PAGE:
- Google in February will stop providing contextual data about publisher content to advertisers who use its Real-Time Bidding (RTB) platform in Google Ad Manager as the search giant seeks to improve consumer privacy. Google also will update its EU User Consent Policy audit program for publishers and advertisers, along with audits of authorized media buyers, per a blog post by Chetna Bindra, senior product manager of user trust and privacy at Google.
- Contextual data includes descriptions of content on a specific page, website or app, such as "news" or "weather." Advertisers use the information to determine where to place ads to make it more relevant for users while avoiding content that isn't suitable for their brands. The change intends to reduce the possibility that advertisers can associate ad identifiers that track individuals with Google's context categories.
- Google also will continue to cooperate with data protection authorities, such as the Irish Data Protection Commission, on their investigations into data-sharing practices. The company said will continue to ensure that consumers have more privacy protections to let them control how their data is used, and to make the digital ad market more transparent, per Google.
Google's pending removal of contextual data about publisher content isn't likely to have a profound effect on marketers because its content categories are so broad they aren't especially useful for ad targeting. "News" and "weather," for example, can describe a wide variety of content that appears on websites and apps. Google Ad Manager isn't integrated with third-party contextual ad vendors like Oracle Data Cloud's Grapeshot or Peer39, making contextual data less important in ad targeting, AdExchanger reported. Contextual data providers typically give information on publisher content based on a website address or app bundle ID.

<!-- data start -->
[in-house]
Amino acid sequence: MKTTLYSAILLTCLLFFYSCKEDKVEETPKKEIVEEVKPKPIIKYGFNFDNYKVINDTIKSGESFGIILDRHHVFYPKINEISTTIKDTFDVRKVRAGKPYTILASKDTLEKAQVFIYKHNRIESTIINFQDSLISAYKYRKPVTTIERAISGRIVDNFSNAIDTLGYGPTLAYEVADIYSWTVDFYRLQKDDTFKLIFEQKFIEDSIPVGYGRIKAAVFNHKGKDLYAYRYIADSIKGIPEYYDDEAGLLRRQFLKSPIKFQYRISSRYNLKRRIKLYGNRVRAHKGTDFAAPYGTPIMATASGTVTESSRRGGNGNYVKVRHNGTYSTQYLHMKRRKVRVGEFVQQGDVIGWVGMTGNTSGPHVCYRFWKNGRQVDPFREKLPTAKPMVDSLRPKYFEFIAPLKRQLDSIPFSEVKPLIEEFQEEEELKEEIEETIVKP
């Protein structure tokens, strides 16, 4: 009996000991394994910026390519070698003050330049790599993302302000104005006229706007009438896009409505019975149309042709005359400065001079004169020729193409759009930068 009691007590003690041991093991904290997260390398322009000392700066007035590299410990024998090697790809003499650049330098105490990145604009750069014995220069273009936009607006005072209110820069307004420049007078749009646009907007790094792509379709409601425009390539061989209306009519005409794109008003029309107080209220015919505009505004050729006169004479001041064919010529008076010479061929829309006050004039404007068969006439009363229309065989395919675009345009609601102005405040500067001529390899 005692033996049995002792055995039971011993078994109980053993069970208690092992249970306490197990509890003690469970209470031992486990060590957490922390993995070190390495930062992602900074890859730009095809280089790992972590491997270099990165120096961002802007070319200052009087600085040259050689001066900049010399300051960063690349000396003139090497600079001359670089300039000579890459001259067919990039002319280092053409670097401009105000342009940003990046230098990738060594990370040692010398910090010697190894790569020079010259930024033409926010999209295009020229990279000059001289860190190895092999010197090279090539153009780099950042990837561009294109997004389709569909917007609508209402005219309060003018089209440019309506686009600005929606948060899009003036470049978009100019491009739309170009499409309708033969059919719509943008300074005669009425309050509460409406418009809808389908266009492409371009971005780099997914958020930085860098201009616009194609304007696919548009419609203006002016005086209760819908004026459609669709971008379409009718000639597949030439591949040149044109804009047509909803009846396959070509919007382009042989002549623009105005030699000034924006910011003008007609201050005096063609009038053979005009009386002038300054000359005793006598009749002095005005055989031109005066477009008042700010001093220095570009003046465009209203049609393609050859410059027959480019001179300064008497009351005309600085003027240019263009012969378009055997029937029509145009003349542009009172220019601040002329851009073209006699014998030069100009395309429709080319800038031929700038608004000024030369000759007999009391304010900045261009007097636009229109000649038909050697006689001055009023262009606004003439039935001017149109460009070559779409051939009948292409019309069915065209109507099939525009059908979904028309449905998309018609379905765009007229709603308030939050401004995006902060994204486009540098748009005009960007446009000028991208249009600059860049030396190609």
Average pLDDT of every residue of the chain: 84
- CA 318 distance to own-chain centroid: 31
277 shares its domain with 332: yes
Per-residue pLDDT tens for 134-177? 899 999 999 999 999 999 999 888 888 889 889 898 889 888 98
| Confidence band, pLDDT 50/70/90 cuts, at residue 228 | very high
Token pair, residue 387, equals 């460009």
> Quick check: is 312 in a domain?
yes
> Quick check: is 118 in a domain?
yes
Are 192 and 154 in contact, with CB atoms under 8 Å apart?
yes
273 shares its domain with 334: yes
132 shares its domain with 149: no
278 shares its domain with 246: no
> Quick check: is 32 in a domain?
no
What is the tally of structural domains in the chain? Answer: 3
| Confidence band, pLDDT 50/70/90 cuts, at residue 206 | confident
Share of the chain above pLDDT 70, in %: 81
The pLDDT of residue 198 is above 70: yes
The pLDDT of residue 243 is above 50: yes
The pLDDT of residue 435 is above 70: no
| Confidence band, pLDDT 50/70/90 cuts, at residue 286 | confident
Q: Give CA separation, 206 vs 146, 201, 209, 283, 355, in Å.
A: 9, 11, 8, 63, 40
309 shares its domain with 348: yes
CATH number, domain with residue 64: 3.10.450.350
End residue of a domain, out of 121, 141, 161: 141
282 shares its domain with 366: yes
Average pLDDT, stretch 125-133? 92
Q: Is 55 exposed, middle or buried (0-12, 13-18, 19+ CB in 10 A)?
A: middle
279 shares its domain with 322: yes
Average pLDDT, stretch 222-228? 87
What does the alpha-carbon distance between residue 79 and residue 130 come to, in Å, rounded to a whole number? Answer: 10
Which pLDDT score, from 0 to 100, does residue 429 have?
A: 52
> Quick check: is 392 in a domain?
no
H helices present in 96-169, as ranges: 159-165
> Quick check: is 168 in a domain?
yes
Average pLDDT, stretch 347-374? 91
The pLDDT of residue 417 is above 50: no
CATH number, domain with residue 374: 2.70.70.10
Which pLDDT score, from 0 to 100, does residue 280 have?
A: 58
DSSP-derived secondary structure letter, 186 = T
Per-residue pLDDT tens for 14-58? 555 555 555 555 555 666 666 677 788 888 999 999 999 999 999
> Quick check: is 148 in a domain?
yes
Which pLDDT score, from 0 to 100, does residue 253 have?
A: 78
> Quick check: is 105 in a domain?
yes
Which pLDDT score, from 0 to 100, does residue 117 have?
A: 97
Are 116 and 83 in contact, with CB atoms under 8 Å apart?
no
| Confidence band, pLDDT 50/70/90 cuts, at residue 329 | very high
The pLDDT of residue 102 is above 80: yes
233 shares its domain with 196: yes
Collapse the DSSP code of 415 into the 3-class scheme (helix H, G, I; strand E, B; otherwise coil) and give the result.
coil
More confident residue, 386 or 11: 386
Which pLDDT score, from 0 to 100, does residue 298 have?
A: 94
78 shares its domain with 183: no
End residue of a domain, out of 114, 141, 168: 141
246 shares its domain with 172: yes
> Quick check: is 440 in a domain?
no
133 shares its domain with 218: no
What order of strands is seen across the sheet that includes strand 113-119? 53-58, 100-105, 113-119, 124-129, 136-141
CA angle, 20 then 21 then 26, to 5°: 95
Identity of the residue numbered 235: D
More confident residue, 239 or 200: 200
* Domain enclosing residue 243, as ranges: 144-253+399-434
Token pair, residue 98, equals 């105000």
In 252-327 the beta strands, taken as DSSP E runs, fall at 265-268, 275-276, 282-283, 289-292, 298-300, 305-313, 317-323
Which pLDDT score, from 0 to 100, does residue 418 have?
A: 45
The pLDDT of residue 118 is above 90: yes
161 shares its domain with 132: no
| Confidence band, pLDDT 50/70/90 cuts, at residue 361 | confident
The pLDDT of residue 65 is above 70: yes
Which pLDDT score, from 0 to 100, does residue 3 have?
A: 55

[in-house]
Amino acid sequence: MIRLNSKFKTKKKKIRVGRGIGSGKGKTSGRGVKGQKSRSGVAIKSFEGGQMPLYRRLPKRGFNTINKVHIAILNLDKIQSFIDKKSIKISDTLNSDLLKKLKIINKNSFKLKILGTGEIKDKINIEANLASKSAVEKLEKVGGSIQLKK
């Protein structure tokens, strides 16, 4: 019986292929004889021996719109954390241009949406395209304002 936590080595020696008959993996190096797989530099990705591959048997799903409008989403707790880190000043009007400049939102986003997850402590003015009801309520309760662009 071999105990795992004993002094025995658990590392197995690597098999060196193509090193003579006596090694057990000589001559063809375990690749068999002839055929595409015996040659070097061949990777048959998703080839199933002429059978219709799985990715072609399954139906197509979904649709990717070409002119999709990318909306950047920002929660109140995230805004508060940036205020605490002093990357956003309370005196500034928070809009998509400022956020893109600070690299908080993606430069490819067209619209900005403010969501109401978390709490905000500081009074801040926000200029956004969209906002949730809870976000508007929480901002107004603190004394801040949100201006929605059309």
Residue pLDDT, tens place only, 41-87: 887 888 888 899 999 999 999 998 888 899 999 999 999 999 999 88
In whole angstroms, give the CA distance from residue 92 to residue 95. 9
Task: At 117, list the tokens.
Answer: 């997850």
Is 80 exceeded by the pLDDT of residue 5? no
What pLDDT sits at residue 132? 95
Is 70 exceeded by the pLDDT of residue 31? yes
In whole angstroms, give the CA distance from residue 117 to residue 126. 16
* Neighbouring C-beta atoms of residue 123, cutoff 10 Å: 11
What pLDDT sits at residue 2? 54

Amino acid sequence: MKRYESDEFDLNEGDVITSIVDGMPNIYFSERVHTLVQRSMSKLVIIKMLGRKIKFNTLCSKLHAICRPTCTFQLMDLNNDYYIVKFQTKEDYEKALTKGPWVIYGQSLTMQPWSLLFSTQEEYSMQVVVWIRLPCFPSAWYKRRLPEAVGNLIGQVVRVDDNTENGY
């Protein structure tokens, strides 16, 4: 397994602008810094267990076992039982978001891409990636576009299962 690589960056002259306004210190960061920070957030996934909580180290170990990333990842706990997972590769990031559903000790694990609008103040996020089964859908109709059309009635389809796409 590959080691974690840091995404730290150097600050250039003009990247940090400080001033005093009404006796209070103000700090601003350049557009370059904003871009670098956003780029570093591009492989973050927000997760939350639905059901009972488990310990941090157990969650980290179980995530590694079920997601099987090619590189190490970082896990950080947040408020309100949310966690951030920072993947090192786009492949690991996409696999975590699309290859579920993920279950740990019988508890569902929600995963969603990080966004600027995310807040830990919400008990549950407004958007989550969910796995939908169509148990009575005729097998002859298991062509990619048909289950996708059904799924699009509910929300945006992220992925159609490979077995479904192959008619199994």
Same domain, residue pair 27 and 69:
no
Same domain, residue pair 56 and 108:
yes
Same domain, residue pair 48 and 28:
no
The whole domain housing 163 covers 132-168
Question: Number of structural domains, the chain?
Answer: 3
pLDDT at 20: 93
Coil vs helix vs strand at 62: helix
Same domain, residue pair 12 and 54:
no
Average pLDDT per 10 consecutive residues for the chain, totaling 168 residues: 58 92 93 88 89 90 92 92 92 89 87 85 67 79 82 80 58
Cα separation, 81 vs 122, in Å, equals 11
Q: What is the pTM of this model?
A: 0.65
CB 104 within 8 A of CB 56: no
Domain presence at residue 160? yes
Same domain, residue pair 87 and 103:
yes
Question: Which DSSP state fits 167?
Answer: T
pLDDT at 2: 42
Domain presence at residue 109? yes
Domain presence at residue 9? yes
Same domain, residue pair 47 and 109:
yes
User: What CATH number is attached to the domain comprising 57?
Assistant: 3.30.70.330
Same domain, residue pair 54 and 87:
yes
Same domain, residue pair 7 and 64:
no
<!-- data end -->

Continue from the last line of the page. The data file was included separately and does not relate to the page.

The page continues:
The tech giant has been under pressure to develop stricter privacy controls, especially after the European Union began enforcing its General Data Protection Regulation (GDPR) in May 2018. France in January fined Google $57 million for allegedly violating the EU's online privacy rules, claiming that the search company lacked transparency, didn't clearly inform users about its handling of personal data and failed to receive informed consent for personalized ads. Google had planned to appeal the ruling, Politico reported.
Privacy issues also have dogged Google in the U.S. The company in September agreed to pay a record $170 million fine to settle allegations by the Federal Trade Commission (FTC) and the New York Attorney General that its YouTube video-sharing platform had illegally collected personal information from children without their parents' consent. Google was accused of violating the Children's Online Privacy Protection Act (COPPA) for hosting video channels directed at children under age 13, per the FTC.